Fellowshipping or Socializing?

Have you ever spent time with friends and left feeling empty? Maybe because of a subject that was brought up, a person that was there, or something that was done while you were there?

How about this: everything was fine, but you still left feeling like nothing was done. I think in an honest, conscious or subconscious, effort to fellowship, you ended up socializing.

It doesn’t make your friends evil – or you boring. I believe there was just a lack of intentionality. I think this is one of the most powerful elements of fellowship. With fellowship, there is a deliberate behavior to engage someone else for the betterment of the individual and atmosphere. With socializing, there is an unspoken pressure to conform to what is acceptable to everyone else. GOOGLE IT. That is the #2 definition of the word.

This isn’t a jab at my friends or self-deprecation, it’s just a real situation we would never want for others, especially those we call our friends. In an effort to make myself available to others, I have miscalculated my presence as being equal to my influence. As much as I would want to carry myself in a manner that influences others in a positive way, it is not always the case. In the 1st century, believers were intentional about this principle of fellowship (Acts 2:42). Biblically, the word means joint-participation and joint-contribution (Strong’s Greek 2842). There are quite a few angles to consider at this point. Who is responsible for engaging who?

WE ARE. Whoever has or wants friends must show himself friendly (Proverbs 18:24). Unless we don’t want friends, then this can easily apply to us. There are some people that act like they don’t need anybody, when in fact they tend to be the most desiring for friendship. So what does it mean to show myself friendly? I think this simply means, looking for avenues in which to engage somebody or provoke them to healthy engagement. I have gone out to eat with friends and acquaintances in the name of a “good time” and my most prominent memory of it was how much money I ill-spent or how much REAL conversation was eluded or diluted to shallow talk. I have realized that if I am generous in my friendliness with others, I am going to be met with generous friendliness. This may shock the person you are trying to fellowship with, but ACTUALLY cause them to answer the question, “Hey, how’s it going?”. Don’t settle for them saying, “Good”, or “Hey, how are you?”. I have been guilty of telling people that answered my “how are you” in such an echo, that they ought to answer me first. I mean, how is that response an answer to the initial question? I have used it a thousand times in moments I wanted to keep my guard up, too; but to engage others, we must be intentional about our communication – understanding our own need for fellowship, and helping it be met in others.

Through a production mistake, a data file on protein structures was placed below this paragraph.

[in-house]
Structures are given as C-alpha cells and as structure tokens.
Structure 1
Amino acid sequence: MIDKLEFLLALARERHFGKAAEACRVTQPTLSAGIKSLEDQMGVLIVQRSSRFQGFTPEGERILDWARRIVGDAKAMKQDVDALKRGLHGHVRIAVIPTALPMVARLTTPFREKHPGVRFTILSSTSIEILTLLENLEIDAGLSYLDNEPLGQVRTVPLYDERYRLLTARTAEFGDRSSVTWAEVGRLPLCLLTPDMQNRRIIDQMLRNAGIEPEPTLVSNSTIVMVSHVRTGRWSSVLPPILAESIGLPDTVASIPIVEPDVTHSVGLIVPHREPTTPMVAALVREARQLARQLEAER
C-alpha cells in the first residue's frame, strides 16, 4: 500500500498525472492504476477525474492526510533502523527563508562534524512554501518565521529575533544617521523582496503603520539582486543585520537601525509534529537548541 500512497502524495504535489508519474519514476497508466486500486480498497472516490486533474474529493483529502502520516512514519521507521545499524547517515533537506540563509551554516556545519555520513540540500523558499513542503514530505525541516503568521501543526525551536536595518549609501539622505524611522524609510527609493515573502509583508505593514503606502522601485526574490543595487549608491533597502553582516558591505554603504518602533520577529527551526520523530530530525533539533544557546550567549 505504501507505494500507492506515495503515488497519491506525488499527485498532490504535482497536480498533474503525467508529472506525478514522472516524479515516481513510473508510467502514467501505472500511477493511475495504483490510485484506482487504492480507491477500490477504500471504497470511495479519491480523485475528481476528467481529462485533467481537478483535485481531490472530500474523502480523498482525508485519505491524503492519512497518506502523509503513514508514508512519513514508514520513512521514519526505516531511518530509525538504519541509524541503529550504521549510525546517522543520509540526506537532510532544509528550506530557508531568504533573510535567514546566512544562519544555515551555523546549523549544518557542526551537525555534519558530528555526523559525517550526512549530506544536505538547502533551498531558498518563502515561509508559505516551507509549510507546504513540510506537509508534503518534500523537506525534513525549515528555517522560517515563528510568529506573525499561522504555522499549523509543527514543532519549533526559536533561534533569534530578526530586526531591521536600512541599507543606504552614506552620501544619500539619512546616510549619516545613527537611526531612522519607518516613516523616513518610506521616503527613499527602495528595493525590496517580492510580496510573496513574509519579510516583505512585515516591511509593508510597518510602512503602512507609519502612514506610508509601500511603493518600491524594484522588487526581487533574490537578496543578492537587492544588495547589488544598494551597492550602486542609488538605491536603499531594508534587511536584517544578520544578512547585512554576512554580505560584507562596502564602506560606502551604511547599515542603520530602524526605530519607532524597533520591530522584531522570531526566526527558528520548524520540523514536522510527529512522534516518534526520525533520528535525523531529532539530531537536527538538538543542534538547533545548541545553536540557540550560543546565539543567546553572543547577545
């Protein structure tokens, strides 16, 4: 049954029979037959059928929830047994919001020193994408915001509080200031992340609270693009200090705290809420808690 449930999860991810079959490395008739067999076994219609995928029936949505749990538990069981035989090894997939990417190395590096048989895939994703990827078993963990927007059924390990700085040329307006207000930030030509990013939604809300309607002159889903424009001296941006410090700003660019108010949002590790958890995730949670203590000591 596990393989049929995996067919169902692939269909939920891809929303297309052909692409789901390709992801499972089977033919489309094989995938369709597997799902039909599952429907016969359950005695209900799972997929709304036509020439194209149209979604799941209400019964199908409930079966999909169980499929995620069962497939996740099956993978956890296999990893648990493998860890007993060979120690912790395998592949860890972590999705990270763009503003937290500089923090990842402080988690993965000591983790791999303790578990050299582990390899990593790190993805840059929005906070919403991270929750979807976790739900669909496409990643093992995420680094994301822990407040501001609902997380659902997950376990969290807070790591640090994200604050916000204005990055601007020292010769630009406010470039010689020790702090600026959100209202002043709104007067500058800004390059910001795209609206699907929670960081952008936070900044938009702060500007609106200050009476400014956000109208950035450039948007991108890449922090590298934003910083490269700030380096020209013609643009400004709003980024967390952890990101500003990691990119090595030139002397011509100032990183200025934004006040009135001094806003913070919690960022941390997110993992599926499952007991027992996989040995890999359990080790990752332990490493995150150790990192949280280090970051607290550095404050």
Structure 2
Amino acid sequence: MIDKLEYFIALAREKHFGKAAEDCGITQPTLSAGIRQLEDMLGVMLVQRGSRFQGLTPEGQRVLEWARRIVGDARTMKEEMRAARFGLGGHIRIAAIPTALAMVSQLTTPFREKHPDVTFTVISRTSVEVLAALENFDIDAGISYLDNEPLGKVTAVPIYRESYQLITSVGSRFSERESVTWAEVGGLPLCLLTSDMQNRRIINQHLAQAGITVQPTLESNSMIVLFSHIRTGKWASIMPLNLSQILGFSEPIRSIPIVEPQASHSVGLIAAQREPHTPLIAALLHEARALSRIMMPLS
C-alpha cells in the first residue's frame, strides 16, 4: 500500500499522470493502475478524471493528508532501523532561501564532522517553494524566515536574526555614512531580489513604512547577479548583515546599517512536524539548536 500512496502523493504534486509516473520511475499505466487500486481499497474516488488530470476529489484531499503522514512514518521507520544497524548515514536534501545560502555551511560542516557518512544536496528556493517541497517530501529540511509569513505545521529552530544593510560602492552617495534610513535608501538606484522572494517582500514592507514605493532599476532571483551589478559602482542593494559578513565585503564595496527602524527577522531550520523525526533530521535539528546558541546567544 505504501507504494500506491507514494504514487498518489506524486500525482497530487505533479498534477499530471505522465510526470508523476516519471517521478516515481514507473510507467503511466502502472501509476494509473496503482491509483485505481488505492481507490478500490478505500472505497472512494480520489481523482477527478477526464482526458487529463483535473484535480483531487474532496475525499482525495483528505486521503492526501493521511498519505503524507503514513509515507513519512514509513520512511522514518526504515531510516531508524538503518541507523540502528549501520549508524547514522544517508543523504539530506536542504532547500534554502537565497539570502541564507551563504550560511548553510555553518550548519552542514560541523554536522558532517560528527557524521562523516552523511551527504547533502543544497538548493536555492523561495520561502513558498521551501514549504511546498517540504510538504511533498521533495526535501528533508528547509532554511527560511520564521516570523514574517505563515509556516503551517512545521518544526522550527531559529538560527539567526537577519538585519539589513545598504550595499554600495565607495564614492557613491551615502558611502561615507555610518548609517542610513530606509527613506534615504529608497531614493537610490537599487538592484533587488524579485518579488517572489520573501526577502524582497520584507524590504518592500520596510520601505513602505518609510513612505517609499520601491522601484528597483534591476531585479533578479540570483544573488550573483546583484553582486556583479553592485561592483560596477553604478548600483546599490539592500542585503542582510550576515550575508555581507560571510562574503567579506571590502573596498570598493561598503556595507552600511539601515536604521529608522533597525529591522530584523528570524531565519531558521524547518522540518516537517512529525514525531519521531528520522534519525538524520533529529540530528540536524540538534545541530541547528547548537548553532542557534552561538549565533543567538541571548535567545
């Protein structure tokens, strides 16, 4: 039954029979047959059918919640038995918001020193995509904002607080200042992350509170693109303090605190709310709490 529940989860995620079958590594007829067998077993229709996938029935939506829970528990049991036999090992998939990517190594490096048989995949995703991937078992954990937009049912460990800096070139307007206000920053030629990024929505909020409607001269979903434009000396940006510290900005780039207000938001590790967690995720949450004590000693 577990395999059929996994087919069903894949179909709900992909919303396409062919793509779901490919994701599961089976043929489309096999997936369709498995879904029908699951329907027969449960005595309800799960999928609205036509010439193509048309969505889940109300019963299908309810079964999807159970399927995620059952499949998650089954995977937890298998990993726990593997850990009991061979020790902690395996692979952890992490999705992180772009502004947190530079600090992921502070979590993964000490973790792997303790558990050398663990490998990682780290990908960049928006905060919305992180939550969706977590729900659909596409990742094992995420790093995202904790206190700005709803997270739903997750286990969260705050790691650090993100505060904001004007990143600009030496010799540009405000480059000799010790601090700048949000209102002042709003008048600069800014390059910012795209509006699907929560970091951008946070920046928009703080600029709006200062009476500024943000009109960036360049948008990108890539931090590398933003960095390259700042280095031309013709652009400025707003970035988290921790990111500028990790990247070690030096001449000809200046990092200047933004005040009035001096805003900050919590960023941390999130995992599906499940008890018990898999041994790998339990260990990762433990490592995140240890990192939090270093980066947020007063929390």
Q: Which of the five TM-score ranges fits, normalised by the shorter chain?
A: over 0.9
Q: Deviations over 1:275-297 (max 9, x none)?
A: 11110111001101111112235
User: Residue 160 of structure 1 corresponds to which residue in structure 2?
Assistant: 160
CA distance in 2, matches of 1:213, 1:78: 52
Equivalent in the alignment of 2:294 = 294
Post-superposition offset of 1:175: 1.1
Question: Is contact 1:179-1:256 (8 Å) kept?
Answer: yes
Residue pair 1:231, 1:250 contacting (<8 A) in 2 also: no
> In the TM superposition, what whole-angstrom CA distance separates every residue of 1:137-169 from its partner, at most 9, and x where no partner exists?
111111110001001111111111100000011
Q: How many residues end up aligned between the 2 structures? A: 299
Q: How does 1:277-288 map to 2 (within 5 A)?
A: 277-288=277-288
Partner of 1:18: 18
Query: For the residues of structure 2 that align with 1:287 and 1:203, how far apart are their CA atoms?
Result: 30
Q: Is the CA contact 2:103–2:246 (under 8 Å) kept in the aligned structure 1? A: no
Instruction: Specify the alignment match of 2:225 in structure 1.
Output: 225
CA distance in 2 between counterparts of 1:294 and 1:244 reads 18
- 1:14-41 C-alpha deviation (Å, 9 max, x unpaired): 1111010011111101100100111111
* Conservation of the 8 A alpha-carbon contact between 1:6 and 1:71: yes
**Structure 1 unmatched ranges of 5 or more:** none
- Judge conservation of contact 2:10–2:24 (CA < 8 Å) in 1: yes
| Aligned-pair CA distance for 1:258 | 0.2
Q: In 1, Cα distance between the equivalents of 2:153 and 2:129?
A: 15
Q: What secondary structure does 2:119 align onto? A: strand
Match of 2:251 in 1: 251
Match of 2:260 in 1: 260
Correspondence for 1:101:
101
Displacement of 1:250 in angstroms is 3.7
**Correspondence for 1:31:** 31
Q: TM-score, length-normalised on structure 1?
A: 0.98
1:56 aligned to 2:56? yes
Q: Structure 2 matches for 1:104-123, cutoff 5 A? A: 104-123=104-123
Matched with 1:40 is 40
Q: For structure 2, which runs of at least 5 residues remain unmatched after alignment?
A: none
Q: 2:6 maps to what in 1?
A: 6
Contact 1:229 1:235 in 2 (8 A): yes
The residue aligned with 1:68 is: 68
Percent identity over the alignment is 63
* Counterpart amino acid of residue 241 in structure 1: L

What is the alternative? I do my own thing when hanging out with friends and just care about what I get out of it. I know we all need an escape sometimes from life’s circumstances to just enjoy the safety of our friends. But we must guard the climate of our friendships as a consistent lifestyle choice. If we socialize more than we fellowship, we end up compromising the meaningfulness of the relationships where people feel safe for who they REALLY are. Fellowship is about helping others transform into who they dream to be, while socializing is about letting others conform into who they secretly despise to be. Fellowship is about building others up, while socializing let’s people be dishonest with who they are. I don’t want to pressure people to be like me, but I should be able to provoke them into becoming better. It is amazing to me how God meets people where they are at and ENGAGES them into change. We would be amazed to find out how many people would want to fellowship with us if we understood this. I want people to say they feel better about the value of their own life, when they walk away from spending time with me. Am I 100% performer in this regard? Absolutely not. But even a baseball player that makes it to FIRST BASE, 4 out of 10 times, is considered a mega-star. Don’t be afraid to make mistakes along the way. Next time you meet with your friends or even some acquaintances, you get to pick whether you fellowship or socialize.

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